As foes bash him in California, Trump courts workers in Michigan
CLINTON, Mich. — While other GOP contenders chided him for skipping the debate in California, former President Trump was in the Detroit suburbs, courting blue-collar workers and taking aim at President Biden as the UAW strike neared the two-week mark.
Why it matters: Trump's appearance came a day after Biden walked a picket line with striking autoworkers in nearby Wayne County, Mich., and reflected how the GOP hopes to cut into Biden's edge in union support in Michigan, a swing states likely to be key in deciding the 2024 election.
Driving the news: "You're striking for wages but your jobs are only going to be here for another two or three years if you're lucky," Trump said, speaking to about 300 current and former autoworkers, pipe-fitters and plumbers at a non-union plant in Macomb County.
- Trump criticized Biden's support of electric vehicles, telling the workers that EV mandates amount to "a government assassination of your jobs."
Between the lines: Trump's efforts to champion the working class is a markedly different stance than his position in 2008 when he complained about union workers feeling entitled to year-end bonuses.
- When Trump was president, the National Labor Relations Board and several Trump court appointments, particularly to the Supreme Court, helped to hand unions a series of setbacks, CNN reported.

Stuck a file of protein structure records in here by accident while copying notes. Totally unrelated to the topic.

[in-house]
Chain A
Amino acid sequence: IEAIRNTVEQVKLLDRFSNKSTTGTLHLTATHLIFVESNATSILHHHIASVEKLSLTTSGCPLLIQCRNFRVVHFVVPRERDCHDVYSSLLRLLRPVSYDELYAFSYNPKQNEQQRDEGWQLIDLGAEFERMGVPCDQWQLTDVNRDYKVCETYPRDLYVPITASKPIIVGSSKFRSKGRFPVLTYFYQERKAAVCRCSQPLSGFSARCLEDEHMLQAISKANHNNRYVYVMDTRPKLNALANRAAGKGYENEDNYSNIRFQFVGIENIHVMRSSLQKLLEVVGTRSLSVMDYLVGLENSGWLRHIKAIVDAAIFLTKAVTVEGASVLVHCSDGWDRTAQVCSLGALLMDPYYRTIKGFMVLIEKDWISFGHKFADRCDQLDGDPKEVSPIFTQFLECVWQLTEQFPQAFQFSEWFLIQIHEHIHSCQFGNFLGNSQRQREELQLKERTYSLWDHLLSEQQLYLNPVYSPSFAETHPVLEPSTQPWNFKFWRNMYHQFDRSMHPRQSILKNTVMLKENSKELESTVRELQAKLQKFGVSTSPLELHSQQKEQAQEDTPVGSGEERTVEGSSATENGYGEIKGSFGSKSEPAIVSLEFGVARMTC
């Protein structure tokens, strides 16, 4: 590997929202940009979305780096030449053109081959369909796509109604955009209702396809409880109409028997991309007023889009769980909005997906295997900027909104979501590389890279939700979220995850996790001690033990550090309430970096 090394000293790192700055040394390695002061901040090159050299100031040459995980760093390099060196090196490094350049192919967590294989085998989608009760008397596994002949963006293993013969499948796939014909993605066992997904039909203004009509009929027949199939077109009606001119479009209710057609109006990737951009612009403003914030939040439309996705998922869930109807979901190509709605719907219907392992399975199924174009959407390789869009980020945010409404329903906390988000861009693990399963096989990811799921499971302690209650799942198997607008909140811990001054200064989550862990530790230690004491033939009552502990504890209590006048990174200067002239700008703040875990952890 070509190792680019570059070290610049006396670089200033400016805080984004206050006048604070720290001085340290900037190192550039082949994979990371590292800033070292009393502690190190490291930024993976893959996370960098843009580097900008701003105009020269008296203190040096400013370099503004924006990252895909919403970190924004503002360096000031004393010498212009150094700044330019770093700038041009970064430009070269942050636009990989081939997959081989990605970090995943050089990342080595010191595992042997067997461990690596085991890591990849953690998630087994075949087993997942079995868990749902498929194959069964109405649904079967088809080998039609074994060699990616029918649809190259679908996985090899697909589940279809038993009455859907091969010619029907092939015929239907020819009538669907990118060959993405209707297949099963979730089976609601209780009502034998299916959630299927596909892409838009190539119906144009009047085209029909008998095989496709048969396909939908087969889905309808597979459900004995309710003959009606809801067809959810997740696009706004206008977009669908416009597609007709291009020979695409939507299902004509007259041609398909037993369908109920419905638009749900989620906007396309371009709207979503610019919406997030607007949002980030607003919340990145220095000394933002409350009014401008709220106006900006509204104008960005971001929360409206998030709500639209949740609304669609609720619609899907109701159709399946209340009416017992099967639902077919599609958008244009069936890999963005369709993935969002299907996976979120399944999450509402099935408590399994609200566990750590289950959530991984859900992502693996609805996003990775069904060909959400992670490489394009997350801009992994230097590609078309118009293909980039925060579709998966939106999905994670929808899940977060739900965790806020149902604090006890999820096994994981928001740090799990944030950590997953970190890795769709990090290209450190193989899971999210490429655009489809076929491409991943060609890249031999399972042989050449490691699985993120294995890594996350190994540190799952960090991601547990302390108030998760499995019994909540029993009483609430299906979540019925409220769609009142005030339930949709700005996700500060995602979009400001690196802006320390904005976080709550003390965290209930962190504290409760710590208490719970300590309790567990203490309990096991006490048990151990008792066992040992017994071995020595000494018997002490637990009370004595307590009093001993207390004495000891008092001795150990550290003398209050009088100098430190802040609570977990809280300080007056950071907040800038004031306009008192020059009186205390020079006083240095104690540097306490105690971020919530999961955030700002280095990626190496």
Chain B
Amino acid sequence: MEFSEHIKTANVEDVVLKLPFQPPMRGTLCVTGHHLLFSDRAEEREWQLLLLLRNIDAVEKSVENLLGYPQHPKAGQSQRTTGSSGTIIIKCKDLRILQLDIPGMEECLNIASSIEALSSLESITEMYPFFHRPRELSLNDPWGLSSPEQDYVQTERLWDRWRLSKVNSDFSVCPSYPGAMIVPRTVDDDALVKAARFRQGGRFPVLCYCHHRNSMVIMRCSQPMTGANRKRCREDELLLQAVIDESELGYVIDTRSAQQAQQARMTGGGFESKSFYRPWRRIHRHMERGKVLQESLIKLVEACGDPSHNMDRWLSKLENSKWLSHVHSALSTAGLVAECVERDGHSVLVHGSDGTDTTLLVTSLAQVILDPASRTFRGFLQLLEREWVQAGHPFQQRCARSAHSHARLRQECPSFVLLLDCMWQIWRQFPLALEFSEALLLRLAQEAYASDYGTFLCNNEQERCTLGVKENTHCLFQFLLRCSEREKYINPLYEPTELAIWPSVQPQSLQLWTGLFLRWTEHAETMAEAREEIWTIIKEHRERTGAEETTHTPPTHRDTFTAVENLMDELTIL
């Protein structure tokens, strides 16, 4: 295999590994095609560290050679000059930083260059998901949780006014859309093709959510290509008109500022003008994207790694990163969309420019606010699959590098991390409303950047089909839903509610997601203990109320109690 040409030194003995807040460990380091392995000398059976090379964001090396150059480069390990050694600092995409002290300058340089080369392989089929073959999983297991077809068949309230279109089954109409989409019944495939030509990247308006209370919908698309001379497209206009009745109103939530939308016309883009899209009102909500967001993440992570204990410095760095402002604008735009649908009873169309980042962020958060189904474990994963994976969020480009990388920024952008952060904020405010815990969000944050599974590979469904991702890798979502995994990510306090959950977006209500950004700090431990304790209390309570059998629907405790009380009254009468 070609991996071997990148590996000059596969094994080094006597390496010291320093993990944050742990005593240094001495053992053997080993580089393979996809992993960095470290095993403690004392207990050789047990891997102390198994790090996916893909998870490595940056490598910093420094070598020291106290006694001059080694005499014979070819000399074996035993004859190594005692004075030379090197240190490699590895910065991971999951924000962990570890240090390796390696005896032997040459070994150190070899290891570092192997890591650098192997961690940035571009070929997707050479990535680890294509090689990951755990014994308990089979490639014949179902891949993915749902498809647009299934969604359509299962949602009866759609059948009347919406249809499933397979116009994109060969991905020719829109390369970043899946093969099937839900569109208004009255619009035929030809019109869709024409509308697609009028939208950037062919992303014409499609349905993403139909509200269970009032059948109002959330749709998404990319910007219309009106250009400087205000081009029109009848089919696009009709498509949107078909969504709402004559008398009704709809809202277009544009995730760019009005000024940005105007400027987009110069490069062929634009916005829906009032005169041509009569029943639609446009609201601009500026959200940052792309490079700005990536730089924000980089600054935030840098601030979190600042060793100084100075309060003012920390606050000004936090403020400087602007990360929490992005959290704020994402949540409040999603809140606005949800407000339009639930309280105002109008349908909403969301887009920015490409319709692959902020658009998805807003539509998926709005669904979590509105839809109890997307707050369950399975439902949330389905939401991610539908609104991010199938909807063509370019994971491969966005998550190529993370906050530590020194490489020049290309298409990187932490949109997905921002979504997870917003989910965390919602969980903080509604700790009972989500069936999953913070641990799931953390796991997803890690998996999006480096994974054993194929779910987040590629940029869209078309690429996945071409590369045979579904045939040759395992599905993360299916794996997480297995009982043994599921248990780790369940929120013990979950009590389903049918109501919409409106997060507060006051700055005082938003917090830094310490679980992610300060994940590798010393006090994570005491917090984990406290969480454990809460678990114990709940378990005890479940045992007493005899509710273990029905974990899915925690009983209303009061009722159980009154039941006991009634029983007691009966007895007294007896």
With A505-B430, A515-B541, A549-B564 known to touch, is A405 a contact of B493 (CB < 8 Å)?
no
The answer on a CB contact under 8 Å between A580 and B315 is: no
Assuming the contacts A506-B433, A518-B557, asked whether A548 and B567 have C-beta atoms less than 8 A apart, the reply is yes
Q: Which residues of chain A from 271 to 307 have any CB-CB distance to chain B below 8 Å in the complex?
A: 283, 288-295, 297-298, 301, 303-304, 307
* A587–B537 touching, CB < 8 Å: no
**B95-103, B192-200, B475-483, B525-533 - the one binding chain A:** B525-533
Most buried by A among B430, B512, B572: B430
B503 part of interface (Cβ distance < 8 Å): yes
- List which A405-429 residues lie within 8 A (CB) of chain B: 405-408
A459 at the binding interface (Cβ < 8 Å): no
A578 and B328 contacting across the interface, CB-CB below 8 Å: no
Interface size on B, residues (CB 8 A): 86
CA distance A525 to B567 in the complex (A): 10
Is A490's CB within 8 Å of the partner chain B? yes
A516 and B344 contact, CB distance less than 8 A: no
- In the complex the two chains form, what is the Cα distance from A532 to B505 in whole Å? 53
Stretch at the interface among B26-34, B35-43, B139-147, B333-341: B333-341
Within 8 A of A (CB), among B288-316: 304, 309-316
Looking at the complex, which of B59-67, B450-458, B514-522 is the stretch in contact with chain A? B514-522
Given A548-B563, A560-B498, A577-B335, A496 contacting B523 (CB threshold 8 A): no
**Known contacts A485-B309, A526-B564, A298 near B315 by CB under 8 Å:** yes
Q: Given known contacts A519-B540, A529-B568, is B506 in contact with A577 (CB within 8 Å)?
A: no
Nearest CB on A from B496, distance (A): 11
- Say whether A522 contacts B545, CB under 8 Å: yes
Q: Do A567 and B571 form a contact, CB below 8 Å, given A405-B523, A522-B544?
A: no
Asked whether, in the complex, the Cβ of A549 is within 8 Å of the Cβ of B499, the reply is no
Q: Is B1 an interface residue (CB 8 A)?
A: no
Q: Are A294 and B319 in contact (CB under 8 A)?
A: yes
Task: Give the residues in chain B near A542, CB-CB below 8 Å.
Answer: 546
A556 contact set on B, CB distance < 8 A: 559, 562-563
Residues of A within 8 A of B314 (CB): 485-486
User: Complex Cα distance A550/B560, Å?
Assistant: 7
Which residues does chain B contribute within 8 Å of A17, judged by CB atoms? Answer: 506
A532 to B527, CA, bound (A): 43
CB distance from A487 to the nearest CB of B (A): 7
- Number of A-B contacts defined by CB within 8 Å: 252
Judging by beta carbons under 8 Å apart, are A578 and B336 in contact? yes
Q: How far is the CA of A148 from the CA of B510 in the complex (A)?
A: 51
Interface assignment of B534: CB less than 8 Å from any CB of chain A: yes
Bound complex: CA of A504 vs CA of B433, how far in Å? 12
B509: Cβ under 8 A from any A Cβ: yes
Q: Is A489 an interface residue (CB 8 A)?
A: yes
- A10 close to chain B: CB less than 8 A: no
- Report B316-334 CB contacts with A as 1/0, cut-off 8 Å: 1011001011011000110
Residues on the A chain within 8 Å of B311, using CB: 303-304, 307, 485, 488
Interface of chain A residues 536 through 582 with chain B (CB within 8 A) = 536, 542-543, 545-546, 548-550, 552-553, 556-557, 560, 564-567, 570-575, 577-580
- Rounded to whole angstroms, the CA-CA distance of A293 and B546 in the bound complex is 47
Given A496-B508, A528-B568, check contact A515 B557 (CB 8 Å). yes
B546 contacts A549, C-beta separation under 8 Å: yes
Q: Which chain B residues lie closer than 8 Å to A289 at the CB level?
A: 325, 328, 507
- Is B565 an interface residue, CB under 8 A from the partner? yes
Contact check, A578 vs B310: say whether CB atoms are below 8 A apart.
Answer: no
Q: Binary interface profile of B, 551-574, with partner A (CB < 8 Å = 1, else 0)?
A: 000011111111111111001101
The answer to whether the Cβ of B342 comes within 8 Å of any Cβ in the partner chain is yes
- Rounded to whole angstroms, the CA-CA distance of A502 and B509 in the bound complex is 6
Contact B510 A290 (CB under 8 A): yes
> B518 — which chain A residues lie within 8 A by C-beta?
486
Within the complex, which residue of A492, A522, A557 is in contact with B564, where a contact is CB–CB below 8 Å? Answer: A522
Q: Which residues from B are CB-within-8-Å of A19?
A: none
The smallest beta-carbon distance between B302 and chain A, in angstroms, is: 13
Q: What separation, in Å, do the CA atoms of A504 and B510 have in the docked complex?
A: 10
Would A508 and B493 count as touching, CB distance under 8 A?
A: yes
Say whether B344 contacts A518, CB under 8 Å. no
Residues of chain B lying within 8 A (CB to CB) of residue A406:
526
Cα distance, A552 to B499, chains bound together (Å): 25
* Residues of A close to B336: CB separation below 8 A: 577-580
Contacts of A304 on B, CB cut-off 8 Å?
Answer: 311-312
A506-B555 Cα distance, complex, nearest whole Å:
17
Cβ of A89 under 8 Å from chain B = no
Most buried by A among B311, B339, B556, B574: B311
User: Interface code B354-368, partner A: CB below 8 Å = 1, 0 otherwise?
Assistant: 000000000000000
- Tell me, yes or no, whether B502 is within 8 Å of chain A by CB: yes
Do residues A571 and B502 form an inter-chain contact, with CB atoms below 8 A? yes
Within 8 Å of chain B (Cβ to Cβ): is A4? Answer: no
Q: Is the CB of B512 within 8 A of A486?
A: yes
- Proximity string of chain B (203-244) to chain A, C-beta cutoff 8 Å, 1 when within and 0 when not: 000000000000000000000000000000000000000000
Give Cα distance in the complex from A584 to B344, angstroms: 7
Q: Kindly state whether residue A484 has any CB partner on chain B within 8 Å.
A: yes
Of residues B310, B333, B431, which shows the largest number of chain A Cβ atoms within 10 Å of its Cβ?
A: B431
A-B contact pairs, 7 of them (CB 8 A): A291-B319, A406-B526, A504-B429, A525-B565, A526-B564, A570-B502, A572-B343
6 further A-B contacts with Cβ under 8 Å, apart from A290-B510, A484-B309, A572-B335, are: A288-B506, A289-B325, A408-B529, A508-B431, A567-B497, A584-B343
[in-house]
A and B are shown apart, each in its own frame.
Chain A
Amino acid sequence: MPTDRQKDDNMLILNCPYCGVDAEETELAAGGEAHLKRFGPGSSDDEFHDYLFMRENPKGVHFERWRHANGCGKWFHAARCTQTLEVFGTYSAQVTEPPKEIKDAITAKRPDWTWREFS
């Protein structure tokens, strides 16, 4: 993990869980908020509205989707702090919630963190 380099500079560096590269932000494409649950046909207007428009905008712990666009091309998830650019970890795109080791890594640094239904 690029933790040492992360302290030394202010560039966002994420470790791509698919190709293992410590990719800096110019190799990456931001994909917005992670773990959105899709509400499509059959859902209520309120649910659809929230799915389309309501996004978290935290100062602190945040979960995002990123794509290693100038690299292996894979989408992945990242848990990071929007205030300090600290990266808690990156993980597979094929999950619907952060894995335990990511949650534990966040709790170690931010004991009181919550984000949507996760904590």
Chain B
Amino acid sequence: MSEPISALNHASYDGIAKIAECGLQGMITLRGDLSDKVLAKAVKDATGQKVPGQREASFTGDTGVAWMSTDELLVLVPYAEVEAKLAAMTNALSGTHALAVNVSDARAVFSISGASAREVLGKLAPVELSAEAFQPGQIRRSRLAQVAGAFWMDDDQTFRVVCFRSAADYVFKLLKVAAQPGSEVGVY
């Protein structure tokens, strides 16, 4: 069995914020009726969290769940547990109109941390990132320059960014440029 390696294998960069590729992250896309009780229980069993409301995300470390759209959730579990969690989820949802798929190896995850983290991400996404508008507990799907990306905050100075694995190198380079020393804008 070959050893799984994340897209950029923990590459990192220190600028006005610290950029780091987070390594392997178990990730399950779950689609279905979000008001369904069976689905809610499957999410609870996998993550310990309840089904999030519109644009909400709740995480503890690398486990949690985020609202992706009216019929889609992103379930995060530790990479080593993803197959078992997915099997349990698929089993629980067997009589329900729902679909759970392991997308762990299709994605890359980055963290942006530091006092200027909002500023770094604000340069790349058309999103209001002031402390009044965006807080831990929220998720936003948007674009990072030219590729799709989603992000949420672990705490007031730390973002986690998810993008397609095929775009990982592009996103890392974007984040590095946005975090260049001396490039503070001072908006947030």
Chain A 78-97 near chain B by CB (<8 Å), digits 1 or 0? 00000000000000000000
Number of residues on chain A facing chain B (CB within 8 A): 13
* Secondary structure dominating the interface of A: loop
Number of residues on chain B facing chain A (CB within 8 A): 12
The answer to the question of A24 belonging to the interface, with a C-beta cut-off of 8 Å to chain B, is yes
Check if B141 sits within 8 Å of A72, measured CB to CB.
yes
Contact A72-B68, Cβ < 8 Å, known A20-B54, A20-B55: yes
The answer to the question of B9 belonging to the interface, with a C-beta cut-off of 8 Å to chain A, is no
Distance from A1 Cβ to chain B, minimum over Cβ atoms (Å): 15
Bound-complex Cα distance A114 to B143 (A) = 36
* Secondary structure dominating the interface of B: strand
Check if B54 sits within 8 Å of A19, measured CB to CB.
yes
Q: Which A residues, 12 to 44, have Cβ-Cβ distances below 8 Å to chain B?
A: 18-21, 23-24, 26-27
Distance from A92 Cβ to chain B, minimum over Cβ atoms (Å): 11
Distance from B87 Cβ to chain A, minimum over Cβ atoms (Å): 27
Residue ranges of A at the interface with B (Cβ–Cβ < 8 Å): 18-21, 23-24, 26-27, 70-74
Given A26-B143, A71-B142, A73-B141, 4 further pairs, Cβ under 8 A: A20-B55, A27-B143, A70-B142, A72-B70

The big picture: In Michigan, which Biden won by 150,000 votes in 2020, Trump's campaign is targeting Oakland, Macomb and Wayne counties, where it hopes anxiety over changes in the auto industry will help Trump lure suburban working-class voters, a campaign official told Axios.
Behind the scenes: Trump's attempt to counterprogram Wednesday's GOP debate, tweak Biden and pitch blue-collar workers all at once got a chilly reception from the UAW's leadership.
- UAW President Shawn Fain, who appeared with a supportive Biden on Tuesday, declined to meet with Trump, saying of the former president: "I don't think the man has any bit of care about what our workers stand for."
Back in California: At the GOP debate, meanwhile, Trump's rivals were unloading on the Republican frontrunner for other reasons.
- Former New Jersey Gov. Chris Christie and Florida Gov. Ron DeSantis stepped up their criticism of Trump, who has a big lead in early polls despite facing four felony indictments and other legal issues related to his conduct and real estate business.
- Christie accused Trump of "hiding behind the walls of his golf clubs" and refusing to "show up here to answer questions like the rest of us."
- DeSantis called Trump "missing in action."
- "He should be on this stage tonight," DeSantis said. "He owes it to you to defend his record where they added $7.8 trillion to the national debt. That set the stage for the inflation we have now."